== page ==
About five percent of pregnant women use one or more substance that is addictive.
In the United States, over six-million women become pregnant every year. Approximately 9 out of 10 of those pregnant women take medication. About five percent of pregnant women use one or more substance that is addictive. Almost ten percent of pregnant women have smoked tobacco within the past month.
Research has shown that not only illicit drugs but also the use of tobacco, alcohol or prescription drugs during pregnancy can have dire health consequences for infants – and some of those consequences can last a lifetime.
Many substances that a pregnant woman uses passes easily through the placenta directly to the fetus. Addictive substances can result in addiction for the baby. Unfortunately, babies can go through a withdrawal process known as neonatal abstinence syndrome (NAS). Nicotine for example, can have concentrations at 15% higher levels in the infant than in the mother. Mothers who breastfeed and smoke can pass nicotine to their babies through breast milk, even if they never smoke near their baby.
Although most research on NAS has focused on the effects of opioids, data now shows that the use of alcohol, barbiturates, benzodiazepines and even caffeine used during pregnancy may cause an infant to have withdrawal symptoms. These symptoms may develop immediately or may take as long as 14 days after birth to become apparent.
The risk of stillbirth may be doubled or even tripled with prenatal use of marijuana, smoking tobacco, taking prescription pain relievers or using illegal drugs.
Research has been conducted on only about 10% of prescription medications to evaluate how the mother’s use might impact the fetus. But the risks from the substances that have been evaluated are troubling.
Probably the most well-known effect of prenatal substance use is Fetal Alcohol Spectrum Disorder (FASD) which occurs when a woman drinks during pregnancy. Fetal development can be disrupted at any stage of pregnancy, even before the woman recognizes that she is pregnant. Effects to the child can last a lifetime causing emotional and socialization problems as well as motor coordination issues resulting in problems in school and later in life even holding a job.
Every year an estimated 750,000 women use cocaine while pregnant. These women may deliver an infant with smaller head circumference, lower birth weight, and shorter length. Cocaine and its metabolites can remain in the infant for up to seven days after birth causing symptoms of either withdrawal or the active effects of the cocaine.
Even common over-the-counter medications should be used during pregnancy only when approved by a woman’s medical provider. A study completed by the Centers for Disease Control and Prevention (CDC) has shown a connection with certain birth defects with mothers who took non-steroidal anti-inflammatory drugs (NSAIDs) such as ibuprofen or naproxen as well as those who used opioid pain medications during early pregnancy. Opioids can be found in some cough medicines and include pain medications such as oxycodone, hydrocodone, codeine, and morphine. Those birth defects occurred less often in women who took acetaminophens such as Tylenol or Panadol.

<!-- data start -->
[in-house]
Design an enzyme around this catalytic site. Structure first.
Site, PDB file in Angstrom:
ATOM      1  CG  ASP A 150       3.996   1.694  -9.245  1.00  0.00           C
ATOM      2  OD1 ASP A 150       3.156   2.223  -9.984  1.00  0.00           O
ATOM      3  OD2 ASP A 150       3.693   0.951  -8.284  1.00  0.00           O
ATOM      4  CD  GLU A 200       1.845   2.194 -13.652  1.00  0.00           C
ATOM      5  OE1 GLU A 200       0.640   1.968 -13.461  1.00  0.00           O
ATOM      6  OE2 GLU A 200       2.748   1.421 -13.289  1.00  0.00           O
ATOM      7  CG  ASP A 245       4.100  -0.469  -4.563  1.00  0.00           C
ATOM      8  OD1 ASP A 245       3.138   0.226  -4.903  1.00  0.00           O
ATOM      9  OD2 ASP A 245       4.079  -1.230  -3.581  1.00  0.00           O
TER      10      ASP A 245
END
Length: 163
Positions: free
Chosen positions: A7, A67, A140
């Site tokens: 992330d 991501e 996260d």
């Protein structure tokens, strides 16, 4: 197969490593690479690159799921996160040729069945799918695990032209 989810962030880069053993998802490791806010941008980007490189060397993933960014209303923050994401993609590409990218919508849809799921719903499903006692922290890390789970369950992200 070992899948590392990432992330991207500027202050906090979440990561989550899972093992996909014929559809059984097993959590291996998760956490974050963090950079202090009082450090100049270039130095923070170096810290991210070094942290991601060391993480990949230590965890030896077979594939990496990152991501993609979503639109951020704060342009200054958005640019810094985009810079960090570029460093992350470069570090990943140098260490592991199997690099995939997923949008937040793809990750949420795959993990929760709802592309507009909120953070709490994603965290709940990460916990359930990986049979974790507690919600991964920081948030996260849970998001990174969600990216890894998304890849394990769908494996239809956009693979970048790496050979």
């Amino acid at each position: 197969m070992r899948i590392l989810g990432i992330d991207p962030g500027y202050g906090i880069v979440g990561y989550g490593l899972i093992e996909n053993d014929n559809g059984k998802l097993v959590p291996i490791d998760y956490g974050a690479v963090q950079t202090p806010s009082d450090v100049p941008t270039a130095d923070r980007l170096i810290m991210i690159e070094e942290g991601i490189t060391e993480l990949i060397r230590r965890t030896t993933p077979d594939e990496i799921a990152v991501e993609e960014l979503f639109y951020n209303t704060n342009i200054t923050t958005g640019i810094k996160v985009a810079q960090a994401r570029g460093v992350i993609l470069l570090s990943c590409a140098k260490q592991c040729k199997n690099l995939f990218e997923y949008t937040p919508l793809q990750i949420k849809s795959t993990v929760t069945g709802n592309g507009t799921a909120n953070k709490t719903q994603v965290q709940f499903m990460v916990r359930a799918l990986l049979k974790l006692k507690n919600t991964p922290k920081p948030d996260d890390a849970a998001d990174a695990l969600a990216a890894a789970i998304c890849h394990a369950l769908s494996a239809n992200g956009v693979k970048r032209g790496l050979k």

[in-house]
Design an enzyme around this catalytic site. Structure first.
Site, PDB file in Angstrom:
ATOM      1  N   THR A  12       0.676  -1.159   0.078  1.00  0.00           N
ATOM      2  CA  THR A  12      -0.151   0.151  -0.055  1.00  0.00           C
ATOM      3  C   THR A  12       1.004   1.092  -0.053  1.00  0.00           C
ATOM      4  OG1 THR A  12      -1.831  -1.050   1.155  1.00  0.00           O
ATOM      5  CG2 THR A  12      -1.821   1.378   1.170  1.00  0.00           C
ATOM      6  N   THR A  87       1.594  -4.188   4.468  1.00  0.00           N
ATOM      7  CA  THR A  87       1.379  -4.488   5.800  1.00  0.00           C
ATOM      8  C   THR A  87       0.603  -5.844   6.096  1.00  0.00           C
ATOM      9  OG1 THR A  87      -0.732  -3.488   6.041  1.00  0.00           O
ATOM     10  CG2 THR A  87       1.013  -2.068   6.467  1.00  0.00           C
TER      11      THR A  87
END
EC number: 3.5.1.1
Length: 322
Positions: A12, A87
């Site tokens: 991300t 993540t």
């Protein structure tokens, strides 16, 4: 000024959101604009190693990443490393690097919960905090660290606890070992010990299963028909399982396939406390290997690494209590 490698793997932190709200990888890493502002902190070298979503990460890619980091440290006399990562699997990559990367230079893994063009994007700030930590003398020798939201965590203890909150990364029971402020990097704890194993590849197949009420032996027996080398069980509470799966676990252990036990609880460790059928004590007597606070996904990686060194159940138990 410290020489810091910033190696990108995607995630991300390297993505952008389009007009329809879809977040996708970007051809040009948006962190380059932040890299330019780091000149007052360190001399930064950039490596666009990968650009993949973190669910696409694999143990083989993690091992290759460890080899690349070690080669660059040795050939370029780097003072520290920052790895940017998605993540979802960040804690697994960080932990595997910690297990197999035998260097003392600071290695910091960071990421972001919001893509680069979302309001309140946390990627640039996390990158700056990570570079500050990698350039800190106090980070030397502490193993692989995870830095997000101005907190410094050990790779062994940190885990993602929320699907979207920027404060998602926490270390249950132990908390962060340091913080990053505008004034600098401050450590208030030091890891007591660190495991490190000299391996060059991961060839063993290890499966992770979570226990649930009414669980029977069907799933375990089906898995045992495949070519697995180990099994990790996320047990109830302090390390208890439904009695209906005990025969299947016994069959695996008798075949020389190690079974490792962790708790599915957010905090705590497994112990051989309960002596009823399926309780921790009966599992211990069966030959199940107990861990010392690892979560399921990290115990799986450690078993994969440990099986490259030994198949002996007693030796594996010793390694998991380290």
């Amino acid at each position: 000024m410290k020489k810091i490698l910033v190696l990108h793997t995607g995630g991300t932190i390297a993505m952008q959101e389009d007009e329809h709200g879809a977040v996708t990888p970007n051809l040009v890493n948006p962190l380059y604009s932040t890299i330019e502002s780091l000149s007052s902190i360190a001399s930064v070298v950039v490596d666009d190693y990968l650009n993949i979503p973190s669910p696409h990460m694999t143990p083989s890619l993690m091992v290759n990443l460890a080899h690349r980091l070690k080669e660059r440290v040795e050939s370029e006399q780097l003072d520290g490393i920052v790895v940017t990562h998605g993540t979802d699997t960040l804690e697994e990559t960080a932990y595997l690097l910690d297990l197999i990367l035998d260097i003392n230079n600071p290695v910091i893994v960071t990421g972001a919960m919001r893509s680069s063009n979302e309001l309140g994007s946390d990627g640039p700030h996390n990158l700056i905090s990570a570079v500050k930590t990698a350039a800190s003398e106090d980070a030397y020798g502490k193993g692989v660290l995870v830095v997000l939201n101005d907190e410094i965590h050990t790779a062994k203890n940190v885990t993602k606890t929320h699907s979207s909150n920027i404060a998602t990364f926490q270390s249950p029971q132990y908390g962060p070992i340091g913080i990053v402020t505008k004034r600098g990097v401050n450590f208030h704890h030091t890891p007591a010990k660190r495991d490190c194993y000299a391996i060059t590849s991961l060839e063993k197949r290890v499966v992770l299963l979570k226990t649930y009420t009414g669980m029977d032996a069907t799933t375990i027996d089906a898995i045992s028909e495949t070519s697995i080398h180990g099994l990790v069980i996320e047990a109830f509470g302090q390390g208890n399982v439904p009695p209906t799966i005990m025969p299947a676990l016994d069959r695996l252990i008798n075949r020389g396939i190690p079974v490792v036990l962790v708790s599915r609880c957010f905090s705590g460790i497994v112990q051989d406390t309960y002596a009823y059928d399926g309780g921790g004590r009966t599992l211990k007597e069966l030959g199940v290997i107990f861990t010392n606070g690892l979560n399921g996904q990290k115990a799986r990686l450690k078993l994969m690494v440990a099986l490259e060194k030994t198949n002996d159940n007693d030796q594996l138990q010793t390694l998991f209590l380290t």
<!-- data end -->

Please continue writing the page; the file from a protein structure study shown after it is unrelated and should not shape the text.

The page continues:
It is important that women of child-bearing age be aware of the risks involved in using substances of any kind, especially if pregnant or planning to become pregnant.
For someone who is addicted and pregnant, immediate treatment for themselves and prenatal care for their child is important. Finding a quality drug treatment program who understands the challenges they face is essential.
At Gulf Breeze Recovery, we understand drug and alcohol addiction and recovery.
We know that each person with addiction faces individual challenges that cannot be addressed with a cookie-cutter treatment program. Our program offers holistic care with intensive individual counseling. If you or someone you care about, has an ongoing history of substance use and/or relapse, we can help.
If you or someone you care about, has an ongoing history of opioid or any other substance abuse and/or relapse, we offer hope and we can help. Contact us at Gulf Breeze Recovery or call: 833.551.2356 to speak to an addiction expert to learn more about our program that has helped so many people overcome their addiction, rediscover their dreams and embrace life.
We help people not just to survive, but to THRIVE®
About Gulf Breeze Recovery:
Gulf Breeze Recovery, unlike other treatment centers in Florida, is a non 12 step holistic drug and alcohol rehab that is changing the future of addiction treatment with their THRIVE® (Total Health Recovery) program focused on overcoming chronic relapse.
Gulf Breeze Recovery’s THRIVE® program is a non 12-step approach designed for those who are looking for a drug and alcohol treatment program to produce a different and positive result.
This non-12 step program allows you to drive beyond your addictions and promotes a new outlook on life.
We are licensed by the Florida Department of Children and Families, and our last audit scored 99.7! Also, we are gold certified by the Joint Commission.
Researchers Identify Role of Key Brain Signaling Protein in Alcohol Use Disorder
January 29, 2021
College Students Who Returned Home Due to Pandemic Drinking Less
January 29, 2021
Overdose Deaths Soar in the Midst of a Pandemic
January 27, 2021
Alcoholism Today in Seniors and Younger Generations
January 20, 2021